Jean François Jacqueminot, Viscount of Ham 1787-1865; Mentioned in Dispatches

© Jimmy NICOLLE, CC-BY-SA, Wikimedia Commons

Previously Mrs Allen the resident perfume-head noted the rose perfume created by Francois Coty called La Rose Jacqueminot.   For those with no particular interest in perfume, the question arises, who was Jacqueminot, and why did Coty name a perfume after him?

The rose itself is a classic red number, the standby for generations of stage door johnnies and penitent husbands. The fellow it was named after was the very opposite of moonstruck.

He was one of Bonaparte’s boys, a dragoon who saw serious action at Austerlitz, Essling, and Wagram, seven times wounded and frequently mentioned in dispatches, usually next to the word “brave”   He rose quickly through the ranks – Napoleon believed in rewarding excellence – and eventually found himself in the 1812 Russian campaign, where he was charged with commanding the vanguard during that ghastly retreat.  His most notable performance was on the banks of the Berezina.

The story goes that Napoleon wanted a Russian prisoner to interrogate,  and the closest would be found across the river.  The Emperor was reluctant, however,  to risk the lives of  too many of his men.   Jacqueminot piped up with an “Allow me, sire, to at least expose my own,”  and without waiting he rushed into the water, found himself a junior Russian officer, and brought him back to the emperor.

He made it home as most did not and even after Elba,  Jacqueminot  stayed true to the emperor. With the restoration was put in command of the Fifth Lancers under Marshal Ney.  For his bravery at Quatre-Bras,  just prior to Waterloo,  Ney put his name in for Commanders Cross of the Legion d’Honneur.

After Napoleon’s defeat,  he surrendered, but refused to take a post in the army of the restored Bourbons, thinking it a betrayal of the men who had fought under him.   With a magnificent gesture of defiance, he pulled out his sword and broke it over his knee.  Then off to prison for month, for form’s sake if nothing else.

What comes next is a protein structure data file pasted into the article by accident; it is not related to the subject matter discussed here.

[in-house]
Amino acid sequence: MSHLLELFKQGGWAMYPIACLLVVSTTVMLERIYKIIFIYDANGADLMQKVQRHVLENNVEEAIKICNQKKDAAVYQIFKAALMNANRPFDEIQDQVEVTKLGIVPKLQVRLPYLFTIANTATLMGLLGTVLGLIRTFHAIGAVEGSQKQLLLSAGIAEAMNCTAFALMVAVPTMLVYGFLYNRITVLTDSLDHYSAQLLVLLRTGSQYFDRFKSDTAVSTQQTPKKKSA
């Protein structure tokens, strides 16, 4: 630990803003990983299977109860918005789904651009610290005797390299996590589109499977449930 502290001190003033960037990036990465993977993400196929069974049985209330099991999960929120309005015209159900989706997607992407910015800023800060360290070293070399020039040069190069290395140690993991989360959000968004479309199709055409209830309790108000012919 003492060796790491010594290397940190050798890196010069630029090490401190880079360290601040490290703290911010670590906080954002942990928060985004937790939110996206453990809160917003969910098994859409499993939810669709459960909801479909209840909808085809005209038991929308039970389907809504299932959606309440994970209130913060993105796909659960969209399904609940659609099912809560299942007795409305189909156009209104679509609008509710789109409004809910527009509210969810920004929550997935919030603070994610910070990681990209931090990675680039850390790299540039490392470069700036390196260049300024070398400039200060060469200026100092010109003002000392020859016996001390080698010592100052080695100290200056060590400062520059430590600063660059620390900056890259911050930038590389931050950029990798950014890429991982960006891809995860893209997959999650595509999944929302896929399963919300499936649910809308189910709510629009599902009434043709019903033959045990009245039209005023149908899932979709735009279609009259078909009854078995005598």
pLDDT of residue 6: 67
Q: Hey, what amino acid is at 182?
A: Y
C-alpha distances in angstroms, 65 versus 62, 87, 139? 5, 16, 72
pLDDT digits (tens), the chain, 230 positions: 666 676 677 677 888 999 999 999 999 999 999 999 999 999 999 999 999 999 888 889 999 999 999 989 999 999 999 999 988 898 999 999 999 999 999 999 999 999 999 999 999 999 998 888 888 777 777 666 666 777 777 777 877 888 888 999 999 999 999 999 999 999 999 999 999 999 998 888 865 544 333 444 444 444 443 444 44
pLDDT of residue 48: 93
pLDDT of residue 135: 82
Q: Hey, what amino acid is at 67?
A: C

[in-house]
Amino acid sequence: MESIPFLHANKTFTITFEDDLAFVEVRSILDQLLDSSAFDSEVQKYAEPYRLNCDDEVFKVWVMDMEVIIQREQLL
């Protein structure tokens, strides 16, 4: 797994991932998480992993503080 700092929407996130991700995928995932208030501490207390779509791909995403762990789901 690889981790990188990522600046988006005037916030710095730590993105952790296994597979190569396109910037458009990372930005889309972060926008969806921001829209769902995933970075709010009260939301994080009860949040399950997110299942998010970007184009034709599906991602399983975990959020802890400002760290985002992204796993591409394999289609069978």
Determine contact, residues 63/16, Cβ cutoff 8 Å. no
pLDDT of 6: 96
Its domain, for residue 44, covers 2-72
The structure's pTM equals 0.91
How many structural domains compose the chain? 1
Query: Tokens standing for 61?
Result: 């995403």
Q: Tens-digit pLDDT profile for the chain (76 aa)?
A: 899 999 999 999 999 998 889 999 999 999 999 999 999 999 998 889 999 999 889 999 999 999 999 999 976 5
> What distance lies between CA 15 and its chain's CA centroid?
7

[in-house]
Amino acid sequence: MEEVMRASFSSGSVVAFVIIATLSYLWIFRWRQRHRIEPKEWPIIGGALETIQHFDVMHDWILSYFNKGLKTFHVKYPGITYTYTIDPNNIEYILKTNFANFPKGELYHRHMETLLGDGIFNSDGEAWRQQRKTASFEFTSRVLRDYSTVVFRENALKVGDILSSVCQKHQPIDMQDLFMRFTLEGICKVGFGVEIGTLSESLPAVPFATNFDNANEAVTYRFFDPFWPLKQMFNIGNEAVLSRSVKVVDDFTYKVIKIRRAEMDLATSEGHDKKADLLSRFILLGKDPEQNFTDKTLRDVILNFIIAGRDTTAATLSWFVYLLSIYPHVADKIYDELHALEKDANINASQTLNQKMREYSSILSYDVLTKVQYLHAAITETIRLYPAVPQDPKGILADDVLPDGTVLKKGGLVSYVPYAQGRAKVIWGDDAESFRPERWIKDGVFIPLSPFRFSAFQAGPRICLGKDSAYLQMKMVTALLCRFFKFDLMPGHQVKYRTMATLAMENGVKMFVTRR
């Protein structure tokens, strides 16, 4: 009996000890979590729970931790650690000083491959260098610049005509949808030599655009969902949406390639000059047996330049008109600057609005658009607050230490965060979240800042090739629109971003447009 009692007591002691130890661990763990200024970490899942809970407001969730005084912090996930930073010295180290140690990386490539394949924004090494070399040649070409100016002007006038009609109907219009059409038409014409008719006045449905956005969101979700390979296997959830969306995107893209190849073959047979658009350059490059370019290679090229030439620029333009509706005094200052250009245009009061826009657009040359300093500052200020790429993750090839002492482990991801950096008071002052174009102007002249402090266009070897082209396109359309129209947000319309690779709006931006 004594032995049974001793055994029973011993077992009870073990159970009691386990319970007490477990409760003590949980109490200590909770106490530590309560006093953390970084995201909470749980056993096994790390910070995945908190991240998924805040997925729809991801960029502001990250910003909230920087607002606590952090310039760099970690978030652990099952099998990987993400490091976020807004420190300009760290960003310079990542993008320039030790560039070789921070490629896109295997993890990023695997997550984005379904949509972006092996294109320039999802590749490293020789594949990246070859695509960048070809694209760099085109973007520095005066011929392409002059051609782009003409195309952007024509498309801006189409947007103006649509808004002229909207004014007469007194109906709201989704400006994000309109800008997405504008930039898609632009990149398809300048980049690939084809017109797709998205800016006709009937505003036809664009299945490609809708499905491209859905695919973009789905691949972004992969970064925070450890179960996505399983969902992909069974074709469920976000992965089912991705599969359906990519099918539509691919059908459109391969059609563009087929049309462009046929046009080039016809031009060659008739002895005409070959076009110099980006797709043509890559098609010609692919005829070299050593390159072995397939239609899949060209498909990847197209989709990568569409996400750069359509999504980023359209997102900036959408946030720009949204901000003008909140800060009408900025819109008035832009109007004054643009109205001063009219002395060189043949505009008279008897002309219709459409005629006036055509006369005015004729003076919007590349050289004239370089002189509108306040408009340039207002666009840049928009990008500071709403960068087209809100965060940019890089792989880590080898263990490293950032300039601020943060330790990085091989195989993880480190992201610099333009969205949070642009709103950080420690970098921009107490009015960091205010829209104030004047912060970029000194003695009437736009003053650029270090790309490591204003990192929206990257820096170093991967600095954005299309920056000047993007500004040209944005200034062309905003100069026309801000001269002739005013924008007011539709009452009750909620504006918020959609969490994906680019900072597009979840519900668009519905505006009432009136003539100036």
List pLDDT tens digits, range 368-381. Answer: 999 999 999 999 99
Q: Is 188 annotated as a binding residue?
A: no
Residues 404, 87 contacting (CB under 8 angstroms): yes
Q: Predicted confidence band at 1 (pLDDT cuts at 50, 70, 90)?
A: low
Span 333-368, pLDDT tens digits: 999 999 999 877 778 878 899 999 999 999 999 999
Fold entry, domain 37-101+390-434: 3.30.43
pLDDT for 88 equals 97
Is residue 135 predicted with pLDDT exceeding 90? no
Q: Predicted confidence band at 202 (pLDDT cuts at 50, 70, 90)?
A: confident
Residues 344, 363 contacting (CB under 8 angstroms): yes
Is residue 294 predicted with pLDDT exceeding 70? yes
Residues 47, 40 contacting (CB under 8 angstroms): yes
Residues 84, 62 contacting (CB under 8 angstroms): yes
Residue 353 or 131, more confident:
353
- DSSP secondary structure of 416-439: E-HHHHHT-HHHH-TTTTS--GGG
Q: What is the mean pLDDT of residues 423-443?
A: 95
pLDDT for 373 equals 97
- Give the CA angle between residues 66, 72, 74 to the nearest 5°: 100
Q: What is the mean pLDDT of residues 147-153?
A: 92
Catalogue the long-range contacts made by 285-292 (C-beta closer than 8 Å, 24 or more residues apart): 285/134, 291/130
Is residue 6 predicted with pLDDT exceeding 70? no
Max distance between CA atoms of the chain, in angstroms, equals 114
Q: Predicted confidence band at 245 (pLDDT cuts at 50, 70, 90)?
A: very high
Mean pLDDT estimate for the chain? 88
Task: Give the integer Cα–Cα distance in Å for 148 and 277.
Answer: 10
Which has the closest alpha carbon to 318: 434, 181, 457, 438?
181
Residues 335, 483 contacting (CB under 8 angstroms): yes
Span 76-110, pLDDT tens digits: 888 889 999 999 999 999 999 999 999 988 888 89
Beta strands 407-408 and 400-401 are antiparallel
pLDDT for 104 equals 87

His subsequent life in civvy street began well enough.  He ran a silk factory that employed 6,000 and took especial interest in veterans affairs.   It proved too small a stage, and so to politics, getting himself elected to the House of Deputies in 1827 where he was something of a nationalist, objecting to foreign occupation troops.     In the July Revolution of 1830, he backed the forces of Pajol,  seeking to clear France of the Bourbon Charles X.   Yet more terms as a representative (among other causes, he was staunchly opposed to the death penalty) and four times he was given the office of vice president.

Type casting saw him back in uniform as Chief of Staff of the Paris National Guard, a role that in better times might have been purely ceremonial.  Unfortunately for France,  a bad economy kicked up in the 1840s and rabble rousers like  Jean-Pierre (“Property is theft”) Proudhon were stirring up the excitable.   The government responded by banning political meetings, which resulted in “supper clubs” where politics were discussed, presumably under the influence of wine.   The masses were revolting and in February of 1848, marched on Citizen King Louis Philippe and his chief Minister Francois Pierre Guillaume Guizot.   The Paris Municipal guard was called out with Jacqueminot at their head.

It was one of those do-or-die moments you get from time to time.   In like circumstances, and also in Paris, Napoleon hauled  out the cannons and fired on civilians.  Brutal methods, but they did the trick. Those masses – those who survived – went home and he went on to become emperor.  Napoleon was twenty six at the time.

Jacqueminot was  over  sixty and we can assume not possessed of such burning ambition.   Then too,  he was perhaps sympathetic to the revolutionaries’  plight.   For whatever reason,  he held his men in check.   The masses, emboldened by his hesitation,  began to riot and in proof that no good deed (if was in fact a good deed) goes unpunished,  looted  Jacqueminot’s own house and a good deal of his personal wealth.  (Government bonds, chiefly.  He seems to have been a cash-in-the-mattress sort of fellow.)

In due course Louis abdicated,  the Second Republic was declared,  and political theorists had a field day.

Jacqueminot was retired in April, was restored the following year, but as a practical matter chose to retire from politics for good.  No percentage in it.

So what has this to do with Francois Coty?  That interesting man, a Corsican like Napoleon and admirer of the emperor,  fancied himself a defender of the people (he also made a point of employing war veterans) and a French patriot (in his case manifested through early fascism).   Perhaps he had a dark sense of humor as well.   Let the ladies wear his signature scent and think of roses.  Here as elsewhere, Coty  was hiding politics under a miasma of perfume.

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